Thursday, March 5, 2015

Oatmeal Snickerdoodles

Here we combine three excellent cookies into one: oatmeal, snickerdoodle, chocolate chip. How can you go wrong with that? These are crunchy, not chewy cookies, with a bit of chocolate and cinnamon. I think they are what happens when you cross Mexico chocolate* with New England home-style.

If you have an electric mixer, these are very easy cookies to make.

Oatmeal Snickerdoodles
(makes about 50 cookies)

1 cup sifted all-purpose flour
¼ teaspoon baking soda (½ teaspoon at sea level)
¼ teaspoon salt
½ teaspoon cinnamon
1 stick butter, at room temperature
½ teaspoon vanilla extract
⅓ cup sugar (⅜ cup at sea level)
⅓ cup light brown sugar, firmly packed (⅜ cup at sea level)
1 egg, at room temperature
¾ cup old-fashioned rolled oats
⅓ cup chocolate chips

Adjust the racks in your oven to ⅓ and ⅔. Preheat the oven to 400°F. Line 2 cookie sheets with aluminum foil.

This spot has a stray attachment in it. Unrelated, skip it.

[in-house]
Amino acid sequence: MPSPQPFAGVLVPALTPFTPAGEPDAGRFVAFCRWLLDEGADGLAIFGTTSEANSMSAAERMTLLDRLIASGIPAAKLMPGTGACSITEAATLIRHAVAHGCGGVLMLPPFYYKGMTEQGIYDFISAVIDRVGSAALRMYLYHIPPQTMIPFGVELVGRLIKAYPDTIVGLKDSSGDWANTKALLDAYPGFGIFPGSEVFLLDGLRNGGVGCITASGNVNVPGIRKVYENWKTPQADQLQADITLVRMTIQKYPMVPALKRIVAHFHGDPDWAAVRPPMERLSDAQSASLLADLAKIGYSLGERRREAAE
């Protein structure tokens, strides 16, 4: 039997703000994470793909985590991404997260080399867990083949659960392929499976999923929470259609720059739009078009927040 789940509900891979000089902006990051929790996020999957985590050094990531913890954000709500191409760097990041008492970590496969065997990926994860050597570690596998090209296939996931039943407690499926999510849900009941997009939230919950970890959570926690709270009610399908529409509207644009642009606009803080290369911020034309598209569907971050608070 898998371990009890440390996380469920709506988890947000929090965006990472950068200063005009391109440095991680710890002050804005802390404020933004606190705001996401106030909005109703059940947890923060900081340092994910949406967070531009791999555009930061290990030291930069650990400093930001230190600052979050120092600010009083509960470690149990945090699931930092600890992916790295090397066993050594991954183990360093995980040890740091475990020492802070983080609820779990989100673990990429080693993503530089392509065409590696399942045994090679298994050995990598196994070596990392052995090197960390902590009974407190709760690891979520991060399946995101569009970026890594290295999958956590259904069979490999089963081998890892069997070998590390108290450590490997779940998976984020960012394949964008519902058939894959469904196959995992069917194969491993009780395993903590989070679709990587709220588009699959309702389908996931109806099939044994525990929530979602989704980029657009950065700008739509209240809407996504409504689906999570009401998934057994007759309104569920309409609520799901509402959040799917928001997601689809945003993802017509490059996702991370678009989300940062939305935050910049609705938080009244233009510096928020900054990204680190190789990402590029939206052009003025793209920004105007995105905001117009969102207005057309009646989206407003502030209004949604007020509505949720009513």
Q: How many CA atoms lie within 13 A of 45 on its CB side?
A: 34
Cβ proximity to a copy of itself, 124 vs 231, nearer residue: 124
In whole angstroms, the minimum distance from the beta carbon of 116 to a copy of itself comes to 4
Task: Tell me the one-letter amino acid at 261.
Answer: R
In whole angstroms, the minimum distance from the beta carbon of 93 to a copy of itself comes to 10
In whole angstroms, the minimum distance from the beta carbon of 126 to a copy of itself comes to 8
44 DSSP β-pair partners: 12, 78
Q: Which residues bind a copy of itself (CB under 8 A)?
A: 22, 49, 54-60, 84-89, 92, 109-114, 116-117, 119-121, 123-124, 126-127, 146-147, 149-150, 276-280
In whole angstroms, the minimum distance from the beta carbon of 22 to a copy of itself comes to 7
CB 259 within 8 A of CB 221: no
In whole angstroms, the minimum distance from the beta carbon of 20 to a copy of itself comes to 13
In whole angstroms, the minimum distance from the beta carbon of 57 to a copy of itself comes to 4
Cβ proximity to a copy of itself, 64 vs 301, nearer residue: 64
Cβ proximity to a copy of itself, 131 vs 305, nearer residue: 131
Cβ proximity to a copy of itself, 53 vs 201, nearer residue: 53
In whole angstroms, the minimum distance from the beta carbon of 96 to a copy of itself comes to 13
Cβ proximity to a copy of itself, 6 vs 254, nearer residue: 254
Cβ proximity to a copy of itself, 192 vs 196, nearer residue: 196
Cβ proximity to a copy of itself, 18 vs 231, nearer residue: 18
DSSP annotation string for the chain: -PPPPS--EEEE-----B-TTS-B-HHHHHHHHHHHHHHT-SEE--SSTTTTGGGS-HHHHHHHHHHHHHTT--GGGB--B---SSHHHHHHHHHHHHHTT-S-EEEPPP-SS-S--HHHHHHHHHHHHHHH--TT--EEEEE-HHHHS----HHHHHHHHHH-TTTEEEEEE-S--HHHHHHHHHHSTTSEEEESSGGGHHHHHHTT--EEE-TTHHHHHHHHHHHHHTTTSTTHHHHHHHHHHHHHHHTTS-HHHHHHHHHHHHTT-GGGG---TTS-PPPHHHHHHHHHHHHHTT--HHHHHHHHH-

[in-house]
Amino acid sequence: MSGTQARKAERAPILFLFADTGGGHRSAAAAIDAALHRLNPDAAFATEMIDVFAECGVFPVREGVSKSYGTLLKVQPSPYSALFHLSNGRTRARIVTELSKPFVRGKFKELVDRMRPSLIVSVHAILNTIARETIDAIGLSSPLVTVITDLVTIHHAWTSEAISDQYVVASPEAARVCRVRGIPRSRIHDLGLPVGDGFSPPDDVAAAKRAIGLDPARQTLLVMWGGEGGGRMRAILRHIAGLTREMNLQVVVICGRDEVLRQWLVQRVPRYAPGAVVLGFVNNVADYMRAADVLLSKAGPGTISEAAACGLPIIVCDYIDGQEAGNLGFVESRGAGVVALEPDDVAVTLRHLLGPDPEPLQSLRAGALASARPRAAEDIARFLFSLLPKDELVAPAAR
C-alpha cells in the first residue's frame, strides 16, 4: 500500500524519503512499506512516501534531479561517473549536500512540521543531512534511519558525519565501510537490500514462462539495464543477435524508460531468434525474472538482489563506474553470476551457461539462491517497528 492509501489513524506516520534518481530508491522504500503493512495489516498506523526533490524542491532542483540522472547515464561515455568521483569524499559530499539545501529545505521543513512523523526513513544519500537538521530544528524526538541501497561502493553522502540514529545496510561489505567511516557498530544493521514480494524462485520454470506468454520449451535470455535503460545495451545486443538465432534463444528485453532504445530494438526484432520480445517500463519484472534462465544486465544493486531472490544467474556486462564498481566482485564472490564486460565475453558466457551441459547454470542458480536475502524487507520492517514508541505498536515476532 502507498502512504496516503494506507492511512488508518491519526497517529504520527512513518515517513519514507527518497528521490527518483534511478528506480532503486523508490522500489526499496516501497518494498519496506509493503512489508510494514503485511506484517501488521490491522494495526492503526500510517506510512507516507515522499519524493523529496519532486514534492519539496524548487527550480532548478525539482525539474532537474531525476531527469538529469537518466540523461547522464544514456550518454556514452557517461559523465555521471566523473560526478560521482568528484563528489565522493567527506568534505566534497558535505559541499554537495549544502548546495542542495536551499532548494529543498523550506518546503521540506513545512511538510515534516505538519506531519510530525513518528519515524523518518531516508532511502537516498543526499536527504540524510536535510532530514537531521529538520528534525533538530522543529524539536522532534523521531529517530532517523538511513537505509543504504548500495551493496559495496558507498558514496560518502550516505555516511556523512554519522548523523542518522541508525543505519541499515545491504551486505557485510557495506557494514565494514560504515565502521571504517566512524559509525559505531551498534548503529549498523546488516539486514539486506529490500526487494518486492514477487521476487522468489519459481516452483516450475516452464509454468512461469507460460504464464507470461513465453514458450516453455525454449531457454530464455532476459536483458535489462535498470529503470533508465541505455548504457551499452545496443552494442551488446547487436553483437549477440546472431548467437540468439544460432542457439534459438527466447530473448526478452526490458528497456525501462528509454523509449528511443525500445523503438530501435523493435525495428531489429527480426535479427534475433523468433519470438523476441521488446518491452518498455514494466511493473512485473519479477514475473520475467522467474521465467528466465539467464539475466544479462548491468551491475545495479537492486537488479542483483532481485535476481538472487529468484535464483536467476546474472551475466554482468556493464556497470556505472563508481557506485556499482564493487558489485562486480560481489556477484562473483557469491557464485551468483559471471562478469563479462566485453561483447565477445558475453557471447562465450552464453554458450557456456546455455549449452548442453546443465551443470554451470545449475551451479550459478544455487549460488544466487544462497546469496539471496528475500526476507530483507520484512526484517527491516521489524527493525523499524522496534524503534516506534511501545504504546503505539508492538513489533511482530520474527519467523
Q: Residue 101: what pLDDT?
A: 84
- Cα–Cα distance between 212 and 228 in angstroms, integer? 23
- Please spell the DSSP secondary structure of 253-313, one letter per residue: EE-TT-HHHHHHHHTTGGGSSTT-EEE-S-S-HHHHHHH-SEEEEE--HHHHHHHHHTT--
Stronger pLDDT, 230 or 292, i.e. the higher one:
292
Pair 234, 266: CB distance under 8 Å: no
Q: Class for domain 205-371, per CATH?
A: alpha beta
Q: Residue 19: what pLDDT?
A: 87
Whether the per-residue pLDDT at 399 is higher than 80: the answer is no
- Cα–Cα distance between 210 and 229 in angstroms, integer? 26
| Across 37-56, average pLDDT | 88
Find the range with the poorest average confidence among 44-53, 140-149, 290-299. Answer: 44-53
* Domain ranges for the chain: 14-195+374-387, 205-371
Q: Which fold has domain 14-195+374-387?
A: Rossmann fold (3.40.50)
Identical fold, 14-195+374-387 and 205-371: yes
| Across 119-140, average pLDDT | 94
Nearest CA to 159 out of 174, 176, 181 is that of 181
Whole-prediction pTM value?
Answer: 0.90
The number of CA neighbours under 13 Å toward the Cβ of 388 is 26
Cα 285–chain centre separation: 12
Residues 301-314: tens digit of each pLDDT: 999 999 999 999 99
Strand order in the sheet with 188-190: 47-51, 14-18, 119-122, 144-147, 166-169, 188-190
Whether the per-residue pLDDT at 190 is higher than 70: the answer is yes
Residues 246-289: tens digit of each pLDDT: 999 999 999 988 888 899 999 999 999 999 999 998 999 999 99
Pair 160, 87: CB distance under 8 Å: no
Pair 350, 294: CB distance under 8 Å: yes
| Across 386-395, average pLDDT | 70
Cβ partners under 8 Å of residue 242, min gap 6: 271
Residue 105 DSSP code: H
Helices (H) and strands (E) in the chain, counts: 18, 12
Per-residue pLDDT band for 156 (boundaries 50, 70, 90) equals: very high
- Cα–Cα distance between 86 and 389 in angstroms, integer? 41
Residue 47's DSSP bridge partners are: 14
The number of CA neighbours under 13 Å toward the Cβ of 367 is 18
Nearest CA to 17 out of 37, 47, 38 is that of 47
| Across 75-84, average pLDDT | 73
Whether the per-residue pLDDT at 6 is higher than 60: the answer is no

Combine the flour, baking soda, salt, and cinnamon in a medium bowl. Set aside. Using an electric mixer, mix together butter and the sugars in a large bowl and beat until light and fluffy. Add the egg and beat until well combined. On low speed, gradually mix in the dry ingredients, scraping down the sides of the bowl, then mixing slowly again just to combine. Stir in the oatmeal and chocolate chips. Drop by teaspoonfuls onto the foil, leaving 2" between cookies - they will spread. You will only be able to fit ½ the dough on 2 sheets, so you'll be baking these in 2 rounds. Place the cookie sheets in the oven and bake for 11-12 minutes until just lightly browned. Do not overbake. When done, slide off the foil and cookies onto 2 racks and let them cool for 5 minutes before trying to remove them. Let the cookie sheets cool to room temperature. Line with foil again and repeat portioning and baking with remaining dough. Store cookies in an airtight container to keep them crispy.

Adapted from Maida Heatter's Book of Great Cookies by Maida Heatter, Alfred A. Knopf, 1977.

*Mexican chocolate is often flavored with cinnamon.

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